‘Buddhist’ steatites from China found in Australia

A collection of Buddhist steatines discovered in Australia has been identified as the work of Chinese people, the latest discovery of its kind in the region.

Key points:The steatine is believed to have been in use in China between the 9th century and the 13th centuryThe discovery was made by Chinese archeologistsThe group are using the steaties as part of their work to develop a Buddhist meditation methodOne of the steatiues is on display at the Victoria Museum, while another is being refurbishedThe discovery of the Buddhist steatiue, which is on loan to the Victoria Institute of Archaeology, comes just weeks after an 18th-century Buddhist monk, whose identity is not known, was found in the Australian Outback.

The monk’s remains were found in a cave in the Gungahlin area of northern Queensland, which was first identified in the mid-1980s by Australian scientists.

“We’ve been working on this project since 2011,” said David Smith, the director of the Victoria Archaeology Department, which uncovered the Buddhist relic.

“It’s a very complex site, with a number of sites in the area where it’s possible for archaeologists to work.”

The first significant archaeological find in Australia was made in 2004 when an archaeological site was found at a Buddhist site in the southern coastal town of Gungagai.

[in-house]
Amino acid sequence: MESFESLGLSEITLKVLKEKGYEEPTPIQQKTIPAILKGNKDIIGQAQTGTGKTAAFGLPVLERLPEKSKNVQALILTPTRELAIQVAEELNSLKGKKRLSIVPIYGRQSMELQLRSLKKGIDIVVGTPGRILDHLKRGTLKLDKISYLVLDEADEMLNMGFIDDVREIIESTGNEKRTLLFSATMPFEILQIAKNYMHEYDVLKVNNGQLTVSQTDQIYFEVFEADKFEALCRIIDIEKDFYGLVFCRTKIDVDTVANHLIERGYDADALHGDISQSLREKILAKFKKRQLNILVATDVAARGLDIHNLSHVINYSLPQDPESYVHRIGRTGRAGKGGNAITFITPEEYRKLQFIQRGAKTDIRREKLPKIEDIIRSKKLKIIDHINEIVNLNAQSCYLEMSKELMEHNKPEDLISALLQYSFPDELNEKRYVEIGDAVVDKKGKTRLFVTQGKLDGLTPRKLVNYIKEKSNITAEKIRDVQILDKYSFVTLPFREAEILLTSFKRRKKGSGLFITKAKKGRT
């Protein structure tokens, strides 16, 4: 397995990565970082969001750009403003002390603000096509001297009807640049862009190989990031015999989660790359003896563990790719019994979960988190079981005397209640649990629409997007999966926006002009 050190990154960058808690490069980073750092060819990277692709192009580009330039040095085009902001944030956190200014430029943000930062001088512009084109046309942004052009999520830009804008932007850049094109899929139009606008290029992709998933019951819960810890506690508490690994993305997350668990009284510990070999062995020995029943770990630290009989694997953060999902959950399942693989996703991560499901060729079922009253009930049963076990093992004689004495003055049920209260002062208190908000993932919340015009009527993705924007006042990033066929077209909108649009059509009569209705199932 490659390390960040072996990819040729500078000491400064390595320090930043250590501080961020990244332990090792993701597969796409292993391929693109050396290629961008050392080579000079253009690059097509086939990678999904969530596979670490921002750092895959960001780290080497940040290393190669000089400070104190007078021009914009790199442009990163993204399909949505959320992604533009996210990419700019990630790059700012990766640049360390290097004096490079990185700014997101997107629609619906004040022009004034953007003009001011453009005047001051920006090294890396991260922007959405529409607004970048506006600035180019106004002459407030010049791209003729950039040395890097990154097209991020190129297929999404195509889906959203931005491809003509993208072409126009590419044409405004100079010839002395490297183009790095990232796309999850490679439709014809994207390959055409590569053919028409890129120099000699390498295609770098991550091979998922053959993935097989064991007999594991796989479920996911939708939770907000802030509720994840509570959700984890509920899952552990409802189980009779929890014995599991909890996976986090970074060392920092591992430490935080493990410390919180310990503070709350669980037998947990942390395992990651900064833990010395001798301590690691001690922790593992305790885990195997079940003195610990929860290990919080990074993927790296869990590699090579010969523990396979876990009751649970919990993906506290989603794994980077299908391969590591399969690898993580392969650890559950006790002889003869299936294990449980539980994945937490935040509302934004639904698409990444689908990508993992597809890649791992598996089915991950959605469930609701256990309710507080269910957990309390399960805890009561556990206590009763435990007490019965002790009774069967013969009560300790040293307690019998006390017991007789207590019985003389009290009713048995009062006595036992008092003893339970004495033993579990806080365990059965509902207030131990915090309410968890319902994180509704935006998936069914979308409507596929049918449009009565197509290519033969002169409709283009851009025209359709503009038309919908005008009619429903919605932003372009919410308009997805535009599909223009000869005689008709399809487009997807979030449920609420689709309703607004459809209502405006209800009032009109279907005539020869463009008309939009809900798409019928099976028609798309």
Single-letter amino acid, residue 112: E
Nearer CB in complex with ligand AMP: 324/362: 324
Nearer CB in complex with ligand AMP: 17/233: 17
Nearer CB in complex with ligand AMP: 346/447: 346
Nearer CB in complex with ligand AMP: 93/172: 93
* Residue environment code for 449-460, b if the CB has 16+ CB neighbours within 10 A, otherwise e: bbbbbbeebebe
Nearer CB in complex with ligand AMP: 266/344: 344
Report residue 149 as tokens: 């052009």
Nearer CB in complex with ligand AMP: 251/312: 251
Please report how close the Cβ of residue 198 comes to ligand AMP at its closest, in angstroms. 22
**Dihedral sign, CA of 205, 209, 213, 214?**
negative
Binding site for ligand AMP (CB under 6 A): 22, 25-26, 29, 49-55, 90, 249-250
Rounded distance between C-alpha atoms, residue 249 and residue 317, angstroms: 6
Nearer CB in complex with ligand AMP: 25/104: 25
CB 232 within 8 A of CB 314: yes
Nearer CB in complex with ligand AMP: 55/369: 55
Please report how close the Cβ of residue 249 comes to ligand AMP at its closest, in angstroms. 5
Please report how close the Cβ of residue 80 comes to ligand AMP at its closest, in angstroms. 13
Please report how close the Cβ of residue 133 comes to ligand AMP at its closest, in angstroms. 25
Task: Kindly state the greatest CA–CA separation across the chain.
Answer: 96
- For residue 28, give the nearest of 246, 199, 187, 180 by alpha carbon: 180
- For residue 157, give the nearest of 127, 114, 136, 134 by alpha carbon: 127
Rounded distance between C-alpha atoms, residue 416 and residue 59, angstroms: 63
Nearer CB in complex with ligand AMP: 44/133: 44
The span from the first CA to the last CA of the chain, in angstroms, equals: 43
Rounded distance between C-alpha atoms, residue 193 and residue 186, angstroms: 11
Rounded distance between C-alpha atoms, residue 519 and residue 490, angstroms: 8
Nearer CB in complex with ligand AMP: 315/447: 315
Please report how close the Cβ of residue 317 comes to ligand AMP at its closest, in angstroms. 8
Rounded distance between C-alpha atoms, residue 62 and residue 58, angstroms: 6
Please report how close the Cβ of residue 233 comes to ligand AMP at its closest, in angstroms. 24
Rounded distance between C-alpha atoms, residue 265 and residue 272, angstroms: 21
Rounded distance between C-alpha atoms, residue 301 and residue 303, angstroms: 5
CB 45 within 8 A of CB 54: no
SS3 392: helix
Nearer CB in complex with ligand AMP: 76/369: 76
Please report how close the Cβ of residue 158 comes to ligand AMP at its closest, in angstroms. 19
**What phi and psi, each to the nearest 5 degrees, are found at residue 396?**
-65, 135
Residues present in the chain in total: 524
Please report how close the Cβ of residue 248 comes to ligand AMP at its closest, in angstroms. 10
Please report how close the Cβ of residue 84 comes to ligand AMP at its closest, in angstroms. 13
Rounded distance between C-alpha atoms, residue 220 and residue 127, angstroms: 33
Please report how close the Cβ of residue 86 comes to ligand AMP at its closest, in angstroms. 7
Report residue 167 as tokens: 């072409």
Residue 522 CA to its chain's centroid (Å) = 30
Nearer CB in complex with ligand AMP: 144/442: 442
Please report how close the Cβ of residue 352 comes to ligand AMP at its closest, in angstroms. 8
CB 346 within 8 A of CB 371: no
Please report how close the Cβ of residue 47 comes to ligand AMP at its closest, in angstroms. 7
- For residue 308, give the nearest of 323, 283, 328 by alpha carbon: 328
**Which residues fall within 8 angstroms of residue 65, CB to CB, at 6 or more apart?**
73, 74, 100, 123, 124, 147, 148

The Gunga gong was a large rectangular stone structure that was first found in 1834.

It was the centrepiece of a Buddhist ceremony and has since been the site of Buddhist pilgrimages by thousands of pilgrims.

“They were often using it to worship at Gungai,” Mr Smith said.

Buddhism as a social practice’The new Buddhist relic was discovered on September 15 at the Gongagai site.””

That was when we discovered the Buddhist site.”‘

Buddhism as a social practice’The new Buddhist relic was discovered on September 15 at the Gongagai site.

“The site was discovered by archeologists and they were able to get an idea of the shape of the temple and how the gong had been set up,” Mr Steed said.

The group, known as the Steatite Institute, have been working to develop an ancient Buddhist meditation technique.

Mr Steed, who has a PhD in Buddhism from the University of New South Wales, said the Buddhist relics were the first Buddhist artefacts found in Victoria.

“There was a time when people had not really thought about Buddhism,” he said.

Dr Smith said he was amazed to find out the Buddhist texts were being used to meditate.

“In this particular case, they’re doing it as a Buddhist practice and not just for Buddhist practice,” he explained.

“So that’s quite interesting.”

Dr Smith, who is the lead author of a book on the Buddha’s life, said he believed it was important to study Buddhism to understand the history of the religion and its social practice.

“I think that’s why we do the research and I think we’re really lucky to have the opportunity to do this,” he told ABC Radio Melbourne.

“Buddhas, if you want to know about the social and spiritual aspects of Buddhism, then you need to look at the social practices that were being practised by the Buddha.”

Topics:religious-interest,archaeology,cultural-history,cultural and history,history,buddhist-religion,history-and-culture,aboriginal-and/or-torres-strait-islander,australia